Everything spiralled into chaos after 6 April 1994. Impatient with delays in establishing a provisional government, the UN Security Council voted that day to extend Dallaire's mission for six more weeks, after which it would withdraw. That day, an aircraft carrying the Rwandan president crashed at Kigali airport. Confident that the international community would not intervene, extremist Hutu elements began a killing spree, targeting Tutsis and moderate Hums. In the chaos that followed, Dallaire used his meagre force to protect whomever they could. On 7 April, a section often Belgian soldiers in Kigali were ordered to protect the interim prime minister. Angry mobs killed them all.
To Dallaire's disgust, both his Belgian and Bangladeshi forces withdrew from the mission just as a 100-day civil war and genocide commenced. Dallaire was determined that UNAMIR remain, but with a skeleton force of less than 500 troops, it could do little to stop the killing. It is difficult to read Dallaire's accounts of the mass murder, rape, and mutilation that took place in Kigali and the countryside.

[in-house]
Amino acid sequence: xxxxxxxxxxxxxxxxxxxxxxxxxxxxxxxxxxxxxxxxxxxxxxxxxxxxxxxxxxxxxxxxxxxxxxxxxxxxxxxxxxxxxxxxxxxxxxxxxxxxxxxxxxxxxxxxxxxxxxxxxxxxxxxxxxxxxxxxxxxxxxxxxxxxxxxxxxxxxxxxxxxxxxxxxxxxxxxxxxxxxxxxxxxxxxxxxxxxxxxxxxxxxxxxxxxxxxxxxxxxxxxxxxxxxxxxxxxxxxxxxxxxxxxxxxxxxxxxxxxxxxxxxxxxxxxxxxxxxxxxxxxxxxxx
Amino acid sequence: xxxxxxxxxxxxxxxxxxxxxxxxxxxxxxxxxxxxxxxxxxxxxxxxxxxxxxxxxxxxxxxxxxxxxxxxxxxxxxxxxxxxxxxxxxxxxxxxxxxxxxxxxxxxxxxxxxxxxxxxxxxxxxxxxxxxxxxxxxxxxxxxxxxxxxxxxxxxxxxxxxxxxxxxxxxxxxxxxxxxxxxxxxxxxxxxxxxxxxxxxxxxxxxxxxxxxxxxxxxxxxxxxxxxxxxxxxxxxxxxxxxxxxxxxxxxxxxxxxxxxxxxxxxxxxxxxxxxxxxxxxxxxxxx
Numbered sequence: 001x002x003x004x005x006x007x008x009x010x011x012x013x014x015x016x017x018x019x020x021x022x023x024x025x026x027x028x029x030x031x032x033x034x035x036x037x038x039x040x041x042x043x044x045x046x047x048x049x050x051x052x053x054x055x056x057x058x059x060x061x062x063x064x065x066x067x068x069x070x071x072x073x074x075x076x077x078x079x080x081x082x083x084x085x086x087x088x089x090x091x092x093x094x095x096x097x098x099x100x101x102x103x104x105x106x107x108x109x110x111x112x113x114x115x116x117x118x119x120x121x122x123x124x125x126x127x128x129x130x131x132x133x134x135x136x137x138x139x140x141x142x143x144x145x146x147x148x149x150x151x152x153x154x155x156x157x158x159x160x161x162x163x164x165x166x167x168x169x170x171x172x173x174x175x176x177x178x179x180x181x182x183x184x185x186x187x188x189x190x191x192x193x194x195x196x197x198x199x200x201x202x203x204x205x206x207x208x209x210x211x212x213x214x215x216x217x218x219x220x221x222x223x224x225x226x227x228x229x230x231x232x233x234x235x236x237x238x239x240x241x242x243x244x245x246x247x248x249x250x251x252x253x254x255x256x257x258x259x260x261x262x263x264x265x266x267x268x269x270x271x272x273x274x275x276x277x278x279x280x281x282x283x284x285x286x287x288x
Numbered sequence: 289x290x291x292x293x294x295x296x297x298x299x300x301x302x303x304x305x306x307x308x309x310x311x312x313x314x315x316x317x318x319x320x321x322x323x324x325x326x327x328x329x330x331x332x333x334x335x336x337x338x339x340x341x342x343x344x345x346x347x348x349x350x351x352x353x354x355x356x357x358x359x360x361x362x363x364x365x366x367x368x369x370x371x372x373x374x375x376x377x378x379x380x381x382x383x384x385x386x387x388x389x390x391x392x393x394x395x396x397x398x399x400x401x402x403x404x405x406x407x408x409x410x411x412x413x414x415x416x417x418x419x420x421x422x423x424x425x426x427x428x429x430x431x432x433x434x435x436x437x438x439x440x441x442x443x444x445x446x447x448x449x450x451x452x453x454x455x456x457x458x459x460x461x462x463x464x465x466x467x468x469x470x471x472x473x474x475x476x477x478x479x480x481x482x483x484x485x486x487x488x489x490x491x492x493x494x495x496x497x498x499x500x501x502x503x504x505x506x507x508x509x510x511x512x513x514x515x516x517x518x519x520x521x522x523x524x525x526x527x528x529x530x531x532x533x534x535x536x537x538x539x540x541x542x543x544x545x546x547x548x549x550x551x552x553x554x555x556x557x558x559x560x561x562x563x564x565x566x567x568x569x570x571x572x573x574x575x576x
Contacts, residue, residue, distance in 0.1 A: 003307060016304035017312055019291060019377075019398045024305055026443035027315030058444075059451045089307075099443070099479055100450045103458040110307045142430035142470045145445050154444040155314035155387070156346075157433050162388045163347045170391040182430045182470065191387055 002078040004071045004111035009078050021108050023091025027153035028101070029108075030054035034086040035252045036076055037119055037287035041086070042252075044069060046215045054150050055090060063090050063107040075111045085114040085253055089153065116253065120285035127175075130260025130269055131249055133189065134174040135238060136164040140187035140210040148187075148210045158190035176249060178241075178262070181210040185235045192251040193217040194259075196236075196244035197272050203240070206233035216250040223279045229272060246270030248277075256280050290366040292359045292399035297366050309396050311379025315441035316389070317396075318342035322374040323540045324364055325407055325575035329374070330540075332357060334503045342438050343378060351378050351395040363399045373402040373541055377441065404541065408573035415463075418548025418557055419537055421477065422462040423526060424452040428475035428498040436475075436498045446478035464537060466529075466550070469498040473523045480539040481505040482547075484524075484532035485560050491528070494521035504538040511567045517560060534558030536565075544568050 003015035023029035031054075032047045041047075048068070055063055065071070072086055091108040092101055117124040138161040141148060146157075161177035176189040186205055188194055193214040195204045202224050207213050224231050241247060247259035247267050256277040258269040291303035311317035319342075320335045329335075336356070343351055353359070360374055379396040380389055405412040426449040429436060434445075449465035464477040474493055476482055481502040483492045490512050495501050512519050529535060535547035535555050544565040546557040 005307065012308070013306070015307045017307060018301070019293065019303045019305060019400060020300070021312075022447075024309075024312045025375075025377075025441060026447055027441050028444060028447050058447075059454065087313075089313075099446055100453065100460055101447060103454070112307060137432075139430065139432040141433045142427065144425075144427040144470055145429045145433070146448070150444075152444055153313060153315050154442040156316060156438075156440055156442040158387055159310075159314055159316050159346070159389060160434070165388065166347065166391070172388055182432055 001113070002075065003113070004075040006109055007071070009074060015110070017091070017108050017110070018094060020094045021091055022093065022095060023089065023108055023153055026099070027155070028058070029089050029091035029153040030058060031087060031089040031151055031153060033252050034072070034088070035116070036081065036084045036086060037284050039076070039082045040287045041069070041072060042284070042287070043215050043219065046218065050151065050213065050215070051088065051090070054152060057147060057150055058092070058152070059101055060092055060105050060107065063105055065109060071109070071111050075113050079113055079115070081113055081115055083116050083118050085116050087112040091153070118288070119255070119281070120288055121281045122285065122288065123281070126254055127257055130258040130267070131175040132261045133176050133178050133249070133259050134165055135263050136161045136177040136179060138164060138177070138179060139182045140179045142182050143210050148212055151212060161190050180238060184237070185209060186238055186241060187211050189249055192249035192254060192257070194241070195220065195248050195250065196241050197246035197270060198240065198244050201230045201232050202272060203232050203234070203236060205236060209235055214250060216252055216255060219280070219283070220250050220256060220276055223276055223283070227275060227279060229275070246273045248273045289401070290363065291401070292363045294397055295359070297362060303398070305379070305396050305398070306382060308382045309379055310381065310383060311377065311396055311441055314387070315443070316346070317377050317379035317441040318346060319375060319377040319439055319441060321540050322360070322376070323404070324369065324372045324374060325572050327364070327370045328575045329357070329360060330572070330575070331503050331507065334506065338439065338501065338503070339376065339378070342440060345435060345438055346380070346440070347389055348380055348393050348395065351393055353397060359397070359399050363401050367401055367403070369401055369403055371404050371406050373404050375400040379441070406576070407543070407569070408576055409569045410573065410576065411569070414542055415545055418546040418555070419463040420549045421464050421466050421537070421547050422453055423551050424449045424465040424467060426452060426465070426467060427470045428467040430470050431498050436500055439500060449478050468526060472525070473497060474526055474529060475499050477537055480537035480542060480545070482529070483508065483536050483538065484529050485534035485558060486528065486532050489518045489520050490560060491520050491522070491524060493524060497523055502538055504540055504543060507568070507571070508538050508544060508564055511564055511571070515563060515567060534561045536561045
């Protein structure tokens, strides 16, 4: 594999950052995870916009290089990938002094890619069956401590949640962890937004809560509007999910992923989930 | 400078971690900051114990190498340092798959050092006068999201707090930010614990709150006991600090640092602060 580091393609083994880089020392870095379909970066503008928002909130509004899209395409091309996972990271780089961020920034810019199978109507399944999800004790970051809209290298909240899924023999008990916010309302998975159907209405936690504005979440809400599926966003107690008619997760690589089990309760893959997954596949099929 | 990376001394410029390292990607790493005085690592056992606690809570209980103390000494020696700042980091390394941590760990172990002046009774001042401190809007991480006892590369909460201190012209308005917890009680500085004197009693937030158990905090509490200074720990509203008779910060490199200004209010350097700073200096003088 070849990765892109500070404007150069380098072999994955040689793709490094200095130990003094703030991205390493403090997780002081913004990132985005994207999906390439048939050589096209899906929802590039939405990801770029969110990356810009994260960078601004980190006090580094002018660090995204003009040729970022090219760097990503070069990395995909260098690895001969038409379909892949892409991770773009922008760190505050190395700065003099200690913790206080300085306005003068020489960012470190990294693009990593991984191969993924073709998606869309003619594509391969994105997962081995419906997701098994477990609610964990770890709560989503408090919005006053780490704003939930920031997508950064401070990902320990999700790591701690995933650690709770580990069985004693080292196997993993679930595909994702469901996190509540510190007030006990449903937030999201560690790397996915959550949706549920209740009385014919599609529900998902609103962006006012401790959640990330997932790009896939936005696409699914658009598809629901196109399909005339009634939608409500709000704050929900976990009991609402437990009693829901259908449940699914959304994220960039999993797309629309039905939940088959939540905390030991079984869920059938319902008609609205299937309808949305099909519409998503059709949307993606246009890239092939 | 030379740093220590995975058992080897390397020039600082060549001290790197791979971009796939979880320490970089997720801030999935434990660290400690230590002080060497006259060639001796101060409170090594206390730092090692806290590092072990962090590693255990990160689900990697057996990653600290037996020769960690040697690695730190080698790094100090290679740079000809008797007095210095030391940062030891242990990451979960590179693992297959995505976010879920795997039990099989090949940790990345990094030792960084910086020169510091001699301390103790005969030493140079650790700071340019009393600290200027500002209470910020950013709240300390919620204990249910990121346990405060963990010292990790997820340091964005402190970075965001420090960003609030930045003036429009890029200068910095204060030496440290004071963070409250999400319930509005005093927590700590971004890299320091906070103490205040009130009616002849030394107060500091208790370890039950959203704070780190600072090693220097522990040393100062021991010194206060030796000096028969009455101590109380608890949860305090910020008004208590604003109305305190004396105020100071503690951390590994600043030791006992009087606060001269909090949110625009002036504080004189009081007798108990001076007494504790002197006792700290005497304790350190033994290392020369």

Against such scenes, the reader can only share Dallaire's outrage as his urgent appeals for more troops met with little action in the Security Council. To Dallaire, it was the Americans and the British who orchestrated the delays. (Clearly the American withdrawal from Somalia a year before had had an impact on the Clinton administration.) The French were no better, first by proposing an evacuation of Rwandan orphans, a move that further undermined the neutrality of Dallaire's mission. Then in June, the French organized a separate humanitarian mission into western Rwanda. It was a hypocritical, destabilizing action in Dallaire's view, for it strengthened the resolve of, and ultimately protected, the very people who were doing the killing.